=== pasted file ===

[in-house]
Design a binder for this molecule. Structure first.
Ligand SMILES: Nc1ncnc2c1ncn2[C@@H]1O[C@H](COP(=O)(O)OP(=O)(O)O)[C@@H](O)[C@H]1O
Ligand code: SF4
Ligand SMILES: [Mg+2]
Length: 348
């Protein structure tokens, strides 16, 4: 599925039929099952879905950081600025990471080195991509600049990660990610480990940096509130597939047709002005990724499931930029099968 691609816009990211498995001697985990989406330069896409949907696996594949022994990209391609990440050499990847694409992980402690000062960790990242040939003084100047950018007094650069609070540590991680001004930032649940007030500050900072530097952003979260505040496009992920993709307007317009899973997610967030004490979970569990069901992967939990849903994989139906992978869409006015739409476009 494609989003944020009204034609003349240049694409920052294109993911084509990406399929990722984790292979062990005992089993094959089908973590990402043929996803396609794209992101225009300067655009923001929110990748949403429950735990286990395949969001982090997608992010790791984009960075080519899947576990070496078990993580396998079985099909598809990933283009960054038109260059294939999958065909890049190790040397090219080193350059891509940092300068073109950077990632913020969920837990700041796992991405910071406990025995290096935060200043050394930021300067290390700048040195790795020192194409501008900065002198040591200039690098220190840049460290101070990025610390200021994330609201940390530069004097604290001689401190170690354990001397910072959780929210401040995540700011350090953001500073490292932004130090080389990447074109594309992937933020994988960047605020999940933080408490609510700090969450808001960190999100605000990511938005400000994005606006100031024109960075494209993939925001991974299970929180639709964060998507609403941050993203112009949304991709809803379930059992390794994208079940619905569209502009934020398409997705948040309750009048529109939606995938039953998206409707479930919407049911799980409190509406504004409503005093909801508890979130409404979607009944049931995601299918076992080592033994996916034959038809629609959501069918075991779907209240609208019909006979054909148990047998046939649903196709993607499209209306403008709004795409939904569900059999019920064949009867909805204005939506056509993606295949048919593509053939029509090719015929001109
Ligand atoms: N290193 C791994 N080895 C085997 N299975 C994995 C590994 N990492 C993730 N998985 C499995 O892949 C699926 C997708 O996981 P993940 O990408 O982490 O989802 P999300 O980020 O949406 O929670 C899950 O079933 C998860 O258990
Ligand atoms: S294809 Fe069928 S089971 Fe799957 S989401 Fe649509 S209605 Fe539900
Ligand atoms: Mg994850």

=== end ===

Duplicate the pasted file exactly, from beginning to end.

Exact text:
[in-house]
Design a binder for this molecule. Structure first.
Ligand SMILES: Nc1ncnc2c1ncn2[C@@H]1O[C@H](COP(=O)(O)OP(=O)(O)O)[C@@H](O)[C@H]1O
Ligand code: SF4
Ligand SMILES: [Mg+2]
Length: 348
């Protein structure tokens, strides 16, 4: 599925039929099952879905950081600025990471080195991509600049990660990610480990940096509130597939047709002005990724499931930029099968 691609816009990211498995001697985990989406330069896409949907696996594949022994990209391609990440050499990847694409992980402690000062960790990242040939003084100047950018007094650069609070540590991680001004930032649940007030500050900072530097952003979260505040496009992920993709307007317009899973997610967030004490979970569990069901992967939990849903994989139906992978869409006015739409476009 494609989003944020009204034609003349240049694409920052294109993911084509990406399929990722984790292979062990005992089993094959089908973590990402043929996803396609794209992101225009300067655009923001929110990748949403429950735990286990395949969001982090997608992010790791984009960075080519899947576990070496078990993580396998079985099909598809990933283009960054038109260059294939999958065909890049190790040397090219080193350059891509940092300068073109950077990632913020969920837990700041796992991405910071406990025995290096935060200043050394930021300067290390700048040195790795020192194409501008900065002198040591200039690098220190840049460290101070990025610390200021994330609201940390530069004097604290001689401190170690354990001397910072959780929210401040995540700011350090953001500073490292932004130090080389990447074109594309992937933020994988960047605020999940933080408490609510700090969450808001960190999100605000990511938005400000994005606006100031024109960075494209993939925001991974299970929180639709964060998507609403941050993203112009949304991709809803379930059992390794994208079940619905569209502009934020398409997705948040309750009048529109939606995938039953998206409707479930919407049911799980409190509406504004409503005093909801508890979130409404979607009944049931995601299918076992080592033994996916034959038809629609959501069918075991779907209240609208019909006979054909148990047998046939649903196709993607499209209306403008709004795409939904569900059999019920064949009867909805204005939506056509993606295949048919593509053939029509090719015929001109
Ligand atoms: N290193 C791994 N080895 C085997 N299975 C994995 C590994 N990492 C993730 N998985 C499995 O892949 C699926 C997708 O996981 P993940 O990408 O982490 O989802 P999300 O980020 O949406 O929670 C899950 O079933 C998860 O258990
Ligand atoms: S294809 Fe069928 S089971 Fe799957 S989401 Fe649509 S209605 Fe539900
Ligand atoms: Mg994850």